You may think it very necessary and timely to have brought out such a book. Alternatively, you may be suffering from hero-fatigue and see it as all a bit unnecessary. Or you may have been seduced by the big hammer on the cover and the lovely tactile matt-finish cover. In any case and in my own humble opinion, other than talk William Warder Norton into springing for a lov…

Hannah Green And Her Unfeasibly Mundane Existence by Michael Marshall Smith

I was sold this book by Simon at the Big Green Bookshop in return for the money it cost plus a small donation towards operating costs and postage. 

In truth, I'd forgotten it was on its way, and it was a fucking lovely surprise when it arrived at my desk in work, my letterbox at the time being a tad short on width and breadth and unlikely to admit a hardback plus packaging. I recall very much enjoying reading Michael Marshall Smith, and I also enjoyed re-reading him, recently, and I documented this here, here and here. This was a book for which I hadn't realised I'd been waiting for a long time.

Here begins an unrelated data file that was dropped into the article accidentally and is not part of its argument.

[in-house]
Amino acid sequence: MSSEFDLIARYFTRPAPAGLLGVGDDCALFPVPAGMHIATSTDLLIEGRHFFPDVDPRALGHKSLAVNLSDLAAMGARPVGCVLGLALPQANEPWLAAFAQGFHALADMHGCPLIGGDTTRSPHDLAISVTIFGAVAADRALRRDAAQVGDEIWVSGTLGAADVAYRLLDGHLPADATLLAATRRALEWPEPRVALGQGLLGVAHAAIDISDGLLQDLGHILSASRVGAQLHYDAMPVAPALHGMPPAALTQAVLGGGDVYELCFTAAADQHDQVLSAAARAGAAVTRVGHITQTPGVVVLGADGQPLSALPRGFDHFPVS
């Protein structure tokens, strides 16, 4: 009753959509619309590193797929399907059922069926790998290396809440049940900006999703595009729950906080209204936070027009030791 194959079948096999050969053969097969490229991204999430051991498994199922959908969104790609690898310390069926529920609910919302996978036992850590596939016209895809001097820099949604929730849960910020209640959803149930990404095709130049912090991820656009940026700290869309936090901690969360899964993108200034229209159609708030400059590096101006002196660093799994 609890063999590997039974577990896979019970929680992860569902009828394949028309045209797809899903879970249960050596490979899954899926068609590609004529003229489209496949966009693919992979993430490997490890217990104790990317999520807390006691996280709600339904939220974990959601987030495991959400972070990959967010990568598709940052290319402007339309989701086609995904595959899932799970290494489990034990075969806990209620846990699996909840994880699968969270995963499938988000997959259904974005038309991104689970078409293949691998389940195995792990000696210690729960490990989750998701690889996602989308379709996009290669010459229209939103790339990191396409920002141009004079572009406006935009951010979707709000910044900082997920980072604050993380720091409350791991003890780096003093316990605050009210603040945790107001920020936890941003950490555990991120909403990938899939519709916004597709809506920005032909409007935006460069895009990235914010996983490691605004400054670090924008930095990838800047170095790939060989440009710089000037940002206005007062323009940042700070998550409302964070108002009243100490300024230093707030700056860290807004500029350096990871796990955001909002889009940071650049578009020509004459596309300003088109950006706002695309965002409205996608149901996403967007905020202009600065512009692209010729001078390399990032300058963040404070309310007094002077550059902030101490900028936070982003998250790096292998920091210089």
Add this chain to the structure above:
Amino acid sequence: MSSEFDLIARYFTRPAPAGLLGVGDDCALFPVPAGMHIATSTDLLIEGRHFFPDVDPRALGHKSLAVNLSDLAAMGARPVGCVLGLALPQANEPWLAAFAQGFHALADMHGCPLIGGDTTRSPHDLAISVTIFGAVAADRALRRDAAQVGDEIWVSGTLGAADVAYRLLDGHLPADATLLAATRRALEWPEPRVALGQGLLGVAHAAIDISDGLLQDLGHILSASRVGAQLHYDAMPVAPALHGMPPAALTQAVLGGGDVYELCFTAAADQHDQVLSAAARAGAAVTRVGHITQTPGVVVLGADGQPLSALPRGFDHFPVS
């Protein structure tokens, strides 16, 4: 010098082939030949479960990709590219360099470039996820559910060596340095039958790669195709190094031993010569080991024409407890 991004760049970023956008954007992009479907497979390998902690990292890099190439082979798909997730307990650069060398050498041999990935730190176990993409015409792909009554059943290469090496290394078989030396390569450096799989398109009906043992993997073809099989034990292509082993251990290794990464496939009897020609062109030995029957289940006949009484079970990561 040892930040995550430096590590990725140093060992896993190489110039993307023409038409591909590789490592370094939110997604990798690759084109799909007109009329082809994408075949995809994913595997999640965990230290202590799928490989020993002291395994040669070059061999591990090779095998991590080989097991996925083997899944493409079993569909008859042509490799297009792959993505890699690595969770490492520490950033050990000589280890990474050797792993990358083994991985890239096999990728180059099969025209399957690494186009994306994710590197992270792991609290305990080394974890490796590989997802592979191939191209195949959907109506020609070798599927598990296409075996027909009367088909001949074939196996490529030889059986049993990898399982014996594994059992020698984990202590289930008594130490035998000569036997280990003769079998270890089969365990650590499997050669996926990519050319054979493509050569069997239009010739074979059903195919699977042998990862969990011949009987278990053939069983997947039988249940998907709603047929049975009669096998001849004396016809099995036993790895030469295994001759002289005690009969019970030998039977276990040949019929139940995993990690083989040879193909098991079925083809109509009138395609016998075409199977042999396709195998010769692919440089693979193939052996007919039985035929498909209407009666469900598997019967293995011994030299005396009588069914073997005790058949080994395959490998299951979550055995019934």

However, had I not the history and warm, cosy feelings safely tucked up in the nostalgia bank, I would probably not have picked this up, going solely on the cover. There's a clock, the silhouette of a small girl, and leaves, along with a colour contrast and meandering font which brought to mind something cringe-worthily reminiscent of Alexander McCall-Smith*, or the covers of Sc…

The Ocean At The End Of The Lane by Neil Gaiman

Before you start, read this disclaimer:
Fans of Neil Gaiman beware – I don’t tolerate you very well, despite counting myself amongst you. It’s nothing personal (about you – it’s very personal to me), and I believe it’s Neil’s own fault for being such a very good writer. Please read on through the fan-bashing to the bit about the book. Thank you.

Neil Gaiman is an annoyance to me. I really (REALLY) liked American Gods but found that as soon as I mentioned this fact to anyone, I got one of two responses: nose-turned-up snobbery of the most scornful sort, or sickeningly gushing über-fanaticism, if that isn’t tautological. I don’t know which is worse. The snobs I can dismiss as most will be operating within the conceit that Gaiman is fantasy and therefore unworthy of further study or consideration – they are very unlikely to have ready anything by the author. The fans, though, start dribbling on and on about the time they met him in Bath Waterstone’s or how much better he is than the Latin …